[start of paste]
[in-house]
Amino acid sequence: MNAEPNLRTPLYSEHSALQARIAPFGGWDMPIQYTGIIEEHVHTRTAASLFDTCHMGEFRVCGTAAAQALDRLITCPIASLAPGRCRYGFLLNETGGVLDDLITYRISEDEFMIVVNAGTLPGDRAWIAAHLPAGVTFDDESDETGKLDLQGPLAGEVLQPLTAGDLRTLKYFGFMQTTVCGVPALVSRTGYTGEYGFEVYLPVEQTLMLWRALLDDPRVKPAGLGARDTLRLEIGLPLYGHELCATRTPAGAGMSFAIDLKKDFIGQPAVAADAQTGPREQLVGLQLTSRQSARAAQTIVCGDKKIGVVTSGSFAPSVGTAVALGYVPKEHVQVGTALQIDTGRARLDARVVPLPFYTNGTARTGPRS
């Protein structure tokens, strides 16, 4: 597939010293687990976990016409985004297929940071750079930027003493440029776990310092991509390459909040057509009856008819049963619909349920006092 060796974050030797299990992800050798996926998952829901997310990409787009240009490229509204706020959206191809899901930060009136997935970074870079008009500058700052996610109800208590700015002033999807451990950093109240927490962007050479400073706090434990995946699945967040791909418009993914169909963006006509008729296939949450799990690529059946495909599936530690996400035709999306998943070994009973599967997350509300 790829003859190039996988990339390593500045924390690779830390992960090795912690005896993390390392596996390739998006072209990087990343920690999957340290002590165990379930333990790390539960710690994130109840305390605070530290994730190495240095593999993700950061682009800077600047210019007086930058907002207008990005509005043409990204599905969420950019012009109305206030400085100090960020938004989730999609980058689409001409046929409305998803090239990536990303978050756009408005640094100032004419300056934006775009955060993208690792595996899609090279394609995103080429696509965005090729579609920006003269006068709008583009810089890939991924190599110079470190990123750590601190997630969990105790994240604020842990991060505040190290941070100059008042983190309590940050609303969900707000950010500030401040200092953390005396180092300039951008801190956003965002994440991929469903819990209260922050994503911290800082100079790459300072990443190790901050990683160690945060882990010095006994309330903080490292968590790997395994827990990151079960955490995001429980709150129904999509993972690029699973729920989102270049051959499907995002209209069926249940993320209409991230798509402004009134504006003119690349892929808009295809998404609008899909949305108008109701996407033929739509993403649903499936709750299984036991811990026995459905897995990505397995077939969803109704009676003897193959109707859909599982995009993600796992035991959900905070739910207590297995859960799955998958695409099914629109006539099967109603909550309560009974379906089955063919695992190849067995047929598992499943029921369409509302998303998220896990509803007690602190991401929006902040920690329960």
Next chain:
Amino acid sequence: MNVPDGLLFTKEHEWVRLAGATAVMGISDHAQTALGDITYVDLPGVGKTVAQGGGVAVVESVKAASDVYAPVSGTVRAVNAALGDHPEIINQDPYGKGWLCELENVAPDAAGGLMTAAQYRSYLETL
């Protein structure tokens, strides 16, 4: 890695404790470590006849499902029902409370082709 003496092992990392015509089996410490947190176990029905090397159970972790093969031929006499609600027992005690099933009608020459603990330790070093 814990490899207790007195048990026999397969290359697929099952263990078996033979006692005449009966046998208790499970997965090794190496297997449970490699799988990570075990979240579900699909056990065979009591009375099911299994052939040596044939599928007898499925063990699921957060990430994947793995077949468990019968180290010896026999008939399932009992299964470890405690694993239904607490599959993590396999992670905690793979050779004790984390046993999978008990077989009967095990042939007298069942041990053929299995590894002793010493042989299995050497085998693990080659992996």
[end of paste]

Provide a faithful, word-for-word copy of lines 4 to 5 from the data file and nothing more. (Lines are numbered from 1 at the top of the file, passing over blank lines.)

Next chain:
Amino acid sequence: MNVPDGLLFTKEHEWVRLAGATAVMGISDHAQTALGDITYVDLPGVGKTVAQGGGVAVVESVKAASDVYAPVSGTVRAVNAALGDHPEIINQDPYGKGWLCELENVAPDAAGGLMTAAQYRSYLETL